Photo courtesy

By Maayan Hoffman
eJewishPhilanthropy.com

There are 776,500 children in Israel living below the poverty line, according to a recent survey by the National Insurance Institute. Nevet, literally sprout, is giving these children the opportunity to succeed and break this cycle of poverty.

Nevet provides daily nutritious breakfast sandwiches to 8,000 students from disadvantaged backgrounds and dysfunctional homes. The organization, founded by the nonprofit Leket Israel in 2006 became its own entity in 2016. Now, it operates in 130 schools across 46 Israeli cities during the morning break. There are 13,000 students on the waiting list.

According to Rotem Yosef, Nevet’s vice president for strategic development, Nevet was a grassroots initiative, developed only out of need.

“When students go all day or even until lunch without eating, they cannot concentrate to learn because they are hungry,” said Yosef. “If in the most important hours of the day they are full, then they will be more successful in their studies.”

Nevet is the only national program of its kind, though some similar, local programs do exist. The program serves kids from first grade to grade 12. It operates with a small team of professionals and a large cadre of volunteers, who distribute the sandwiches to the schools early in the morning.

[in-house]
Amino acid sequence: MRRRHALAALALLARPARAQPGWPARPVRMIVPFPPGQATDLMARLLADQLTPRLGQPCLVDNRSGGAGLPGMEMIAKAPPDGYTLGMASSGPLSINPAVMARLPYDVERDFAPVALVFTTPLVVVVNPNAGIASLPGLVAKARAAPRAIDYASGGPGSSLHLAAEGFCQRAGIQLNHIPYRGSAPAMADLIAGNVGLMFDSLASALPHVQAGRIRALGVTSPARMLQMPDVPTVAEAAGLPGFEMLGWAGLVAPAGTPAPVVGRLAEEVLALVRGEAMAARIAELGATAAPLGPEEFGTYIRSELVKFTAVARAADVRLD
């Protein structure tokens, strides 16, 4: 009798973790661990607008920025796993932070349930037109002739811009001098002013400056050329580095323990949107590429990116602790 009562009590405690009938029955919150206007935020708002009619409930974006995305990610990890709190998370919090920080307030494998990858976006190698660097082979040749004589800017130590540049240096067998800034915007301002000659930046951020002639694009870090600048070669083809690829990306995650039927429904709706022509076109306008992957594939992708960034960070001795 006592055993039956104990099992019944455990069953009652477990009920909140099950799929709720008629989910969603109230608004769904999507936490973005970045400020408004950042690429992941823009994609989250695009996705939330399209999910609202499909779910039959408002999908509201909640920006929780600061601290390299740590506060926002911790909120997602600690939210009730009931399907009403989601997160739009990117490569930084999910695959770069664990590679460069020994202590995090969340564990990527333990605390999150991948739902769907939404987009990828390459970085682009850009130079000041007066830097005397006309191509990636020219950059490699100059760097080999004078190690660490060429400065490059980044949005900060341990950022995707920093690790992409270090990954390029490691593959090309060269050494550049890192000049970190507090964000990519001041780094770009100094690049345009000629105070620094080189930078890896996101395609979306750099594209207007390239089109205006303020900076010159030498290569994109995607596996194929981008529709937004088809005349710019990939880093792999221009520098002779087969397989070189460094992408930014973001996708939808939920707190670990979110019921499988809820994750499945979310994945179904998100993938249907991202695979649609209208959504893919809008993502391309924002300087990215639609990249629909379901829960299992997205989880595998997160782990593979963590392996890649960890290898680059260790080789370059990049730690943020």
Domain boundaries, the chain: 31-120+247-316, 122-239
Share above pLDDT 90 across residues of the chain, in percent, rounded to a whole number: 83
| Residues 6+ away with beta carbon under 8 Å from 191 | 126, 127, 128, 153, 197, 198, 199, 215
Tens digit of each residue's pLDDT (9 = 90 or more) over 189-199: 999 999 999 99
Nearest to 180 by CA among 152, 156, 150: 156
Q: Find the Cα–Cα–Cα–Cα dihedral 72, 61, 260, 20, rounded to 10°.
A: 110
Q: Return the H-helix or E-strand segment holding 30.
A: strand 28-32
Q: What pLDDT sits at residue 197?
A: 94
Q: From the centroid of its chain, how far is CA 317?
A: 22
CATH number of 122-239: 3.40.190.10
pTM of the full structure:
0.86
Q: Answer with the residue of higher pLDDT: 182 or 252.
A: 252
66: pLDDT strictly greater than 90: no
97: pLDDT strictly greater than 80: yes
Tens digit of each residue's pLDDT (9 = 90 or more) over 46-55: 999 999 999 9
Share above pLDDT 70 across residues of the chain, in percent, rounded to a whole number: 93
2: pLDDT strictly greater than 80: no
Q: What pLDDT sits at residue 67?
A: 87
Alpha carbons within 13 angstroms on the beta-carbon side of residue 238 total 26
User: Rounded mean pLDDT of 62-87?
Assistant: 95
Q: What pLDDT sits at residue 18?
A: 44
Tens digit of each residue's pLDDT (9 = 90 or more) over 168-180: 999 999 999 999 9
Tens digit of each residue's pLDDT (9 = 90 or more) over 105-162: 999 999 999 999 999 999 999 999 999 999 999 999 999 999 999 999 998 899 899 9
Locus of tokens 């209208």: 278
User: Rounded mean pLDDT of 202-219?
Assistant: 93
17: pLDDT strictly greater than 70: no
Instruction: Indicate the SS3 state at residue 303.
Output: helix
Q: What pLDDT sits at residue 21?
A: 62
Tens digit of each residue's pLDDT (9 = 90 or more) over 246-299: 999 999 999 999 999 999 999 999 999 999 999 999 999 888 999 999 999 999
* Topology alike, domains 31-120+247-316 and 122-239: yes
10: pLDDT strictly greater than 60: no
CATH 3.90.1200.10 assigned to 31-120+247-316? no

To ensure the students do not feel embarrassed about taking the food, Nevet has no distinctive packaging. Schools put the food out in an accessible way and children can come take a sandwich before first or second period. Then, at snack time, they take the food out of their bags or binders like every other student.

“We don’t want these kids to stand out,” said Yosef, who noted that many of Nevet’s clients come from homes where parents are neglectful and simply forget to give their children this much-needed food.

Nevet also strives to provide nutritious answers, with predominantly whole wheat bread and always healthy spreads ranging from avocado and yellow cheese to cream cheese and tuna. Annual surveys show that 86 percent of principals believe Nevet’s sandwiches improved their learning environments. Some 83 percent of students said the sandwich provided an incentive for them to come to school; 57 percent said they were motivated to come to school just for the sandwich.

“It costs us around 540 shekels to allow one kid to eat for a whole year,” said Yosef. “It is a very small price with a really big impact.”

Revital Azulay is a Nevet employee in Acco, a coastal city in northern Israel. She said in her work, “I see terrible poverty.” In Acco there are many underprivileged immigrants from the former Soviet Union who benefit from the program.

“They come to school in these terrible clothes – girls that look hungry,” said Azulay. “We give them the sandwiches.”

She tells a story of how one day she saw a child crying on a bench in the school yard after her daily delivery. When she approached the child, the young girl told her she was starving but did not like the whole wheat bread that Nevet normally provides. Azulay appealed to the organization. The next day, instead of 60 whole wheat sandwiches, Nevet provided the school with 30 on whole wheat and 30 on white.

Research shows a direct tie between school breakfast programs and academic performance. A recent report by the Center for Disease Control showed skipping breakfast is associated with decreased cognitive performance among students.

“With Israel being known as the start-up nation, not a lot of people know there are so many poor kids who come to Israel without even a sandwich for breakfast,” said Yosef. “Nevet provides more than just breakfast. It helps children stay in school.”